Viperin – the natural compound that can stop viruses from replicating

Researchers identify a naturally occurring enzyme, viperin , which can lead to the inhibition of DNA replication in some of the world’s most prolific viruses, potentially answering the call for an effective antiviral drug that doesn’t inadvertently harm the host cell.

Go to the profile of Lucy Chard
Jun 28, 2018
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Scientists from Albert Einstein College of Medicine (NY, USA) and The Pennsylvania State University (Penn State; PA, USA) recently published an article in Nature bringing to attention an enzyme, produced in the human body, which has the ability to inhibit the replication of viral DNA and RNA. Viruses such as rabies, West Nile virus, dengue and HIV have a global distribution and devastating socioeconomic impacts. 

The enzyme, viperin, achieves this by interfering with the protein interactions of the host cell and virus. It does this by encouraging a reaction that produces a molecule affectionately known as ddhCTP. This molecule then goes on to terminate the RNA polymerase chain reaction by acting as a ‘nucleotide analog’, preventing RNA polymerase from attaching nucleotides to the remaining strand and therefore stopping viruses (specifically flaviviruses) from replicating their DNA and infecting the host.  

“Our collaborators at the Albert Einstein College of Medicine, led by senior authors Tyler Grove and Steven Almo, revealed that viperin catalyzes an important reaction that results in the creation of a molecule called ddhCTP… With a better understanding of how viperin prevents viruses from replicating, we hope to be able to design better antivirals,” commented Craig Cameron, professor of biochemistry and molecular biology at Penn State and a leading author of the study.

The discovery of such nucleotide analogs was monumental, as it meant that you could administer antiviral drugs that only affected the DNA of the invading pathogen and didn’t kill the infected host cell. However, there is a catch: these nucleotides aren’t commonly protein specific, so the risk of the nucleotide analogs interfering with other proteins or enzyme driven reactions can be high, which could have negative effects on the host.

“The major obstacle to developing therapeutically useful antiviral nucleotides is unintended targets,” stated Jamie Arnold, assistant professor of biochemistry and molecular biology at Penn State and co-author of the study “For example, a few years ago we discovered that a nucleotide analog under development for treatment of hepatitis C could interfere with the production of RNA in mitochondria, subcellular organelles important for energy production in the patient’s own cells. That meant people with mitochondrial dysfunction are predisposed to any negative effects of this unintended interference.”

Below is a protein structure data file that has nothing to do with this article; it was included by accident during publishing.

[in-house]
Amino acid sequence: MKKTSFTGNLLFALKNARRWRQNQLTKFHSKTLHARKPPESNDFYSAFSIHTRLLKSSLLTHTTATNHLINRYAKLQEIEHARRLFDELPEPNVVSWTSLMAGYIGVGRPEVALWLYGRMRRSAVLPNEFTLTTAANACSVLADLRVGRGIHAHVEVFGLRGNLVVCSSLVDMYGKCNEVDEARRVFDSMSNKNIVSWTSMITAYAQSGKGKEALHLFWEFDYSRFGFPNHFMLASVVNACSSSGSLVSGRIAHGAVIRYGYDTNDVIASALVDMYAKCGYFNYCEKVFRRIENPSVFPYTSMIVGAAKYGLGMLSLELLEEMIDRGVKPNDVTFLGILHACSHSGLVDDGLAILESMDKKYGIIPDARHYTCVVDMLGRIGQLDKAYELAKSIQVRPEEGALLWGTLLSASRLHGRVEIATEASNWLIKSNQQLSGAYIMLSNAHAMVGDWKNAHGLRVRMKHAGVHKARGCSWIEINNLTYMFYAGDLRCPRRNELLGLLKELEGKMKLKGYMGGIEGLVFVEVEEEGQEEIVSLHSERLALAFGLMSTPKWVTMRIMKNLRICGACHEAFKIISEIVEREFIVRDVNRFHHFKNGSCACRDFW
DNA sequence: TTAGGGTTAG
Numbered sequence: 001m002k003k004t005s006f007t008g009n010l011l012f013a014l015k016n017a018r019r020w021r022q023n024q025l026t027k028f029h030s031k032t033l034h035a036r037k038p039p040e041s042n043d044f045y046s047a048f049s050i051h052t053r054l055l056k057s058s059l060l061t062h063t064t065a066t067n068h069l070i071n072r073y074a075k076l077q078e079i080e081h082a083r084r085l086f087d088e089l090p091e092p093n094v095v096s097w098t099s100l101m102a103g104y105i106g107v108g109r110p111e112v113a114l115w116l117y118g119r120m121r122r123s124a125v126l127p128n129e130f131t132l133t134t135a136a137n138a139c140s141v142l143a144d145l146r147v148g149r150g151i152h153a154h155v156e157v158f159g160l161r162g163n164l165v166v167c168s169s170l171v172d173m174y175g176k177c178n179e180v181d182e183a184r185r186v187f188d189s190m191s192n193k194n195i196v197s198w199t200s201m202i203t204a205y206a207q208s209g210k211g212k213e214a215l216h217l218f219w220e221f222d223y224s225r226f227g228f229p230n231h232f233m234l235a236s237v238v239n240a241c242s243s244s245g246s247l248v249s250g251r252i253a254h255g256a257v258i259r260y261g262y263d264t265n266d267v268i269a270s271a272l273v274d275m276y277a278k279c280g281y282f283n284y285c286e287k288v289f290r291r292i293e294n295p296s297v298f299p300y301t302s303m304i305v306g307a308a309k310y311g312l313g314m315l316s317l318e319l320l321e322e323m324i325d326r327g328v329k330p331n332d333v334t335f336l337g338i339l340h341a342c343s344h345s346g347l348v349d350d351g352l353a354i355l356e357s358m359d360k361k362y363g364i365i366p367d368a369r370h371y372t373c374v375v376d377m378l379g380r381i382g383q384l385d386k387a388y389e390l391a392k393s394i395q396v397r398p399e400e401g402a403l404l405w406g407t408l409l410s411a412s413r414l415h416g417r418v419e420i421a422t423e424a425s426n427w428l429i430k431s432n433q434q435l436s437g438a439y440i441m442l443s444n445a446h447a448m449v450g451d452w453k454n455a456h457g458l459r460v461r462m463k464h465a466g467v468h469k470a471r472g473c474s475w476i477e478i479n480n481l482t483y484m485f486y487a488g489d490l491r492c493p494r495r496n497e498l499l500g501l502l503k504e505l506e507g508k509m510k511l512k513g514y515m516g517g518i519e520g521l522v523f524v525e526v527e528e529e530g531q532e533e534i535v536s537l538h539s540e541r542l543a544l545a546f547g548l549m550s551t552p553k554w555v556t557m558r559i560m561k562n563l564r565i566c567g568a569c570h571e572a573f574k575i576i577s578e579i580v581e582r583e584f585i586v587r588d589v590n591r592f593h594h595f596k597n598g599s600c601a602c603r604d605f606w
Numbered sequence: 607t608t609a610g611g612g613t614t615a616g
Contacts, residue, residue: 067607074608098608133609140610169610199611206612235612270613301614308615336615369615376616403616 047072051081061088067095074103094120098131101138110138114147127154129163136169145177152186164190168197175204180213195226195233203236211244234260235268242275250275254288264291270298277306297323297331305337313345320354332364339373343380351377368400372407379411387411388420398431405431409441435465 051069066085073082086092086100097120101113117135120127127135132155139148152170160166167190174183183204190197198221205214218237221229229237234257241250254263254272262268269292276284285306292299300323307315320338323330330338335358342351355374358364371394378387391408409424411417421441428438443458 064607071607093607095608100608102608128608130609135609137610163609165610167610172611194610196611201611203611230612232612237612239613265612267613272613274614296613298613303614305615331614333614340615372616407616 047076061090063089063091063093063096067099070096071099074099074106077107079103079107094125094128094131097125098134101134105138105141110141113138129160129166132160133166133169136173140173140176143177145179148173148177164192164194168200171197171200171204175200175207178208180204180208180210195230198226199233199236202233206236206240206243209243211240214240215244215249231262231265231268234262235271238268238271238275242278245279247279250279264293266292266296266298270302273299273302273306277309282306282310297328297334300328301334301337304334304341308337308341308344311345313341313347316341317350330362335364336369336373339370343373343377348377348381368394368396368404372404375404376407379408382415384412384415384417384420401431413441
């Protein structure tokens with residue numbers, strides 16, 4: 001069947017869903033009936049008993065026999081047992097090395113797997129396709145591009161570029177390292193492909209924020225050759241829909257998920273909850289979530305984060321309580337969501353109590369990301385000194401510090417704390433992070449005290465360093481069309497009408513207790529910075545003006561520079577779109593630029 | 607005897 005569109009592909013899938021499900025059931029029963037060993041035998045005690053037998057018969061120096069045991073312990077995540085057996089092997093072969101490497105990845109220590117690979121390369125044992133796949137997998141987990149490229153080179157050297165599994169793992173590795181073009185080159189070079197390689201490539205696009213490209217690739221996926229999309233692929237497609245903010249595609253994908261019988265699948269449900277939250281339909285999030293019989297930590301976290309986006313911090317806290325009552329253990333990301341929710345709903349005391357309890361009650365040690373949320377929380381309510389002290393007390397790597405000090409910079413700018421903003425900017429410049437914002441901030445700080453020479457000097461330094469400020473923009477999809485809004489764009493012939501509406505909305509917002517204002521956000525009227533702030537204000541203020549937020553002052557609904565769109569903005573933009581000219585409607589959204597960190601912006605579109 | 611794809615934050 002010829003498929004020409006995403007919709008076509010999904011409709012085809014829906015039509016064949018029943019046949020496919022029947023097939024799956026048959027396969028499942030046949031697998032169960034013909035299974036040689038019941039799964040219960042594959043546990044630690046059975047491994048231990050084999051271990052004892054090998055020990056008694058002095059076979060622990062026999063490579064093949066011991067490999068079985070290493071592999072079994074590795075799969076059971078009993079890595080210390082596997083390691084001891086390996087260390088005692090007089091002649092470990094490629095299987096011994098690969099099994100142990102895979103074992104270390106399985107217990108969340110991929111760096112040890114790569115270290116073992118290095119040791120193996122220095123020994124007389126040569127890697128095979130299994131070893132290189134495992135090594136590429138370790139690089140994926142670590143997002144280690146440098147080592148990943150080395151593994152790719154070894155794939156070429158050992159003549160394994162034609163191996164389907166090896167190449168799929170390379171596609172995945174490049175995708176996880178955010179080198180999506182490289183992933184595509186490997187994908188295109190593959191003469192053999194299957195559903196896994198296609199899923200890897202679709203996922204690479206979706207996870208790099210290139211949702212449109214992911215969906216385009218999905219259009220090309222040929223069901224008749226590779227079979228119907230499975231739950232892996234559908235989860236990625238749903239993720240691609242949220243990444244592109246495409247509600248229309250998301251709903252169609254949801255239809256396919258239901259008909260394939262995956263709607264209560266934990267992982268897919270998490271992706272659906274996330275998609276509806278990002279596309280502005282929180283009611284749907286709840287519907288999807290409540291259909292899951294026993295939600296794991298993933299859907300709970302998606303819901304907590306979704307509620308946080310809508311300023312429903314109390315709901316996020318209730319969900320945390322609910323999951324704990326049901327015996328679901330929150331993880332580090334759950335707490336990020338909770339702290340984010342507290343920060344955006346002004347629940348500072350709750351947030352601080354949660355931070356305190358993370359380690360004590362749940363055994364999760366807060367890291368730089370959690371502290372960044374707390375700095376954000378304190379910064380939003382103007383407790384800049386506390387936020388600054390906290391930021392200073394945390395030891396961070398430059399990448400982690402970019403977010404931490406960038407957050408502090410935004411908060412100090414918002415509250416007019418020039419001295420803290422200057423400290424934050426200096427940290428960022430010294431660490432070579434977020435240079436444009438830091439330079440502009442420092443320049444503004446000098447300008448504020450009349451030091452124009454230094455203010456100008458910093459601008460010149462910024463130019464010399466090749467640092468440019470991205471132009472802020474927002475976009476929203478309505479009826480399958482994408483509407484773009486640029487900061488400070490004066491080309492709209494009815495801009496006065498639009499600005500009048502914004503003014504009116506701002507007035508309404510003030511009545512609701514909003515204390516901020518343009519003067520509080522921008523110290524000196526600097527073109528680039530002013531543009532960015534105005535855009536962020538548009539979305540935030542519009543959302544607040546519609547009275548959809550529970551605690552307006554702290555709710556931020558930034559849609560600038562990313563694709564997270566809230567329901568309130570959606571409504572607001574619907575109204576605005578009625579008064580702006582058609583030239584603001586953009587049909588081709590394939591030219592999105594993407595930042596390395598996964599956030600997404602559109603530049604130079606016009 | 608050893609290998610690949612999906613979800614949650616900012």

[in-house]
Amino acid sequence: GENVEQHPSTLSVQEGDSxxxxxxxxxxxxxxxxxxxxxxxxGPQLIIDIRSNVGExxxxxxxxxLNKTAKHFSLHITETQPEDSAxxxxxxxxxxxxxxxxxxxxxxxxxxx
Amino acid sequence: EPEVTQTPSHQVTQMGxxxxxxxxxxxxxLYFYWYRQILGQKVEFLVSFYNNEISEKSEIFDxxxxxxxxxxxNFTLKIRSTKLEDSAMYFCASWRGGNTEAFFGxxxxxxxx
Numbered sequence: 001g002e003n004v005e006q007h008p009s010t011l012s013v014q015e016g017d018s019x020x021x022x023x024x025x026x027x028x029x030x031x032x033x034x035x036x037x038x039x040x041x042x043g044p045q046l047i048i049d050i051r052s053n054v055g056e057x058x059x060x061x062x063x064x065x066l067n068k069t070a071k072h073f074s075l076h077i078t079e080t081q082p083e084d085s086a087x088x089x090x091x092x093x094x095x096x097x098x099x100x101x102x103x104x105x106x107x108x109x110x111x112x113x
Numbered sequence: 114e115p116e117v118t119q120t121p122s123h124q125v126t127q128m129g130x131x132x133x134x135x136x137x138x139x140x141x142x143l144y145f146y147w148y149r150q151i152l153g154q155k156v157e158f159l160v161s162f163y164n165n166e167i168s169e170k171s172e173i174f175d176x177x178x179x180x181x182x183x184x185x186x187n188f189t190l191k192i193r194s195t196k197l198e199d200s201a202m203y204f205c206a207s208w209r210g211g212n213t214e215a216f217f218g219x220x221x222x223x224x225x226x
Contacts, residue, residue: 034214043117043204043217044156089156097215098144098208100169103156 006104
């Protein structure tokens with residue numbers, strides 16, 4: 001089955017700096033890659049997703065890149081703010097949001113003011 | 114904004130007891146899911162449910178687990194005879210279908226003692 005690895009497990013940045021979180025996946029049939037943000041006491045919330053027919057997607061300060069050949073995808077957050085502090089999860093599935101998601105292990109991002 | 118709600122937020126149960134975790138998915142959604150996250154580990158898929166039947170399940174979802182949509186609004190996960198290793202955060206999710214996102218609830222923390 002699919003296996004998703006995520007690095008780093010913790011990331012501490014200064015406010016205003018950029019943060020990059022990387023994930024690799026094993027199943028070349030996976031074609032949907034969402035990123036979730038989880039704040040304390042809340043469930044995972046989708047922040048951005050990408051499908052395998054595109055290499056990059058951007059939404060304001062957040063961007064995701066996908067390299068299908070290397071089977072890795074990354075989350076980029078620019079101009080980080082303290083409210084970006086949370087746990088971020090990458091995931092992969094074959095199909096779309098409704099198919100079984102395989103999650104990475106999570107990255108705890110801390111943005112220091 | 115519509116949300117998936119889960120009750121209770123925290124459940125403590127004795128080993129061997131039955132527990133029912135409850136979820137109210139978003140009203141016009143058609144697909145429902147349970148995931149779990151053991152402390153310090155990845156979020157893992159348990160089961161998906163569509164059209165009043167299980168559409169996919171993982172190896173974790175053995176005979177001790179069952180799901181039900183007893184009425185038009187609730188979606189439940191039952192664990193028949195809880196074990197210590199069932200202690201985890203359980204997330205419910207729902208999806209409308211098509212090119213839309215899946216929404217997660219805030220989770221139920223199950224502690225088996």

The discovery in this article is particularly exciting as it utilizes a natural compound for a more targeted approach, meaning it is less likely to have toxic effects on the body:

“Unlike many of our current drugs, ddhCTP is encoded by the cells of humans and other mammals,” commented Cameron. “We have been synthesizing nucleotide analogs for years, but here we see that nature beat us to the punch and created a nucleotide analog that can deal with a virus in living cells and does not exhibit any toxicity to date.”

The researchers first established that viperin catalyzes the reaction to form ddhCTP by stimulating viperin and macrophage expressing mammalian cells with IFNα. The result was that large quantities of ddhCTP were produced.

The next step was to investigate how effective ddhCTP was at halting viral replication in living cells when put up to the test against a flavivirus. In this instance, the researchers tested it against Zika virus, for which there is currently no effective treatment. Joyce Jones, another assistant professor at Penn State, explained the results: “The molecule directly inhibited replication of three different strains of Zika virus… It was equally effective against the original strain from 1947 as it was against two strains from the recent 2016 outbreak. This is particularly exciting because there are no known treatments for Zika. This study highlights a new avenue of research into natural compounds like ddhCTP that could be used in future treatments.”

Although ddhCTP has proven efficacy against flaviviruses, it is not successful when used against different groups, such as picornaviruses. The specific polymerase structures of the different virus groups could be responsible for this disparity in results when treated with viperin. Further research into the differing structures of viruses could potentially lead to the development of more dexterous antiviral agents on the premise set by viperin in this research, as well as providing valuable insights into antiviral agent resistance.

“Development of resistance to an antiviral agent is always an issue,” said Cameron, “Having some idea of how resistance happens, or being able to prevent it from happening, will be critical if this is to be used as a broad-spectrum therapy.”

Sources:

Gizzi AS, Grove TL, Arnold JJ et al. A naturally occurring antiviral ribonucleotide encoded by the human genome. Nature (558), 610–614 (2018); http://science.psu.edu/news-and-events/2018-news/Cameron6-2018


Go to the profile of Lucy Chard

Lucy Chard

Commissioning Editor, Future Medicine

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